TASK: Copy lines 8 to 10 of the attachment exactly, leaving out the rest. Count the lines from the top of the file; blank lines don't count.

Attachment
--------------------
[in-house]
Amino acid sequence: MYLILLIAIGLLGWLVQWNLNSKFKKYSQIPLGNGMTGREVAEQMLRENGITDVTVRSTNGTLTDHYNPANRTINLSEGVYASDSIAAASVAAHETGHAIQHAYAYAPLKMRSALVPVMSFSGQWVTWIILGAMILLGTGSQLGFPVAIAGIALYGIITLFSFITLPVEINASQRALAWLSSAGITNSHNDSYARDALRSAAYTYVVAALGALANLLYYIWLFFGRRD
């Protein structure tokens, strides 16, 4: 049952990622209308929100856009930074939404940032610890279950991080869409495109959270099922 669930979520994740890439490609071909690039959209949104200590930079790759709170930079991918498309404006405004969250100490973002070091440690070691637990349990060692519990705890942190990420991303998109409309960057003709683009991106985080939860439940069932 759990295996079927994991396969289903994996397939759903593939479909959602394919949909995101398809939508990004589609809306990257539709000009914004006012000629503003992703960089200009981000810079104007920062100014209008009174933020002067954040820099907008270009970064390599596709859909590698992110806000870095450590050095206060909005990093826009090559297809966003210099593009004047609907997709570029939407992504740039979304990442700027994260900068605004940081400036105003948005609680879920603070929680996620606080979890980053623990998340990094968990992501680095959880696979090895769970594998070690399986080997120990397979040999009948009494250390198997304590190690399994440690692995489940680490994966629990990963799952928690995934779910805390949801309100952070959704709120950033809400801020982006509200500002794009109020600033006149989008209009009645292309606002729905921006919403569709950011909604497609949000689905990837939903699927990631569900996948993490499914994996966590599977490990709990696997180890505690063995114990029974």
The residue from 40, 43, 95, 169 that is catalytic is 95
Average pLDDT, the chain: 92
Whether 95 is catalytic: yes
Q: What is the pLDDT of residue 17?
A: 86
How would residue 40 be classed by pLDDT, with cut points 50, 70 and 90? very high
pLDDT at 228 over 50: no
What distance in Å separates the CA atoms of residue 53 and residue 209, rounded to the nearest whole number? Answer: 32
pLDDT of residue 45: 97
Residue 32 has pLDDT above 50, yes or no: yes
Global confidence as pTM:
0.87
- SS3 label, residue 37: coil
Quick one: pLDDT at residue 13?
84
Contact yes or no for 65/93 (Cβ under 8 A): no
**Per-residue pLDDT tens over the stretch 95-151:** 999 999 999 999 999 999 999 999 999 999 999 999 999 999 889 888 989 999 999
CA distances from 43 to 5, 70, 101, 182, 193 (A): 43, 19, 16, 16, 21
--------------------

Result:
A: 86
How would residue 40 be classed by pLDDT, with cut points 50, 70 and 90? very high
pLDDT at 228 over 50: no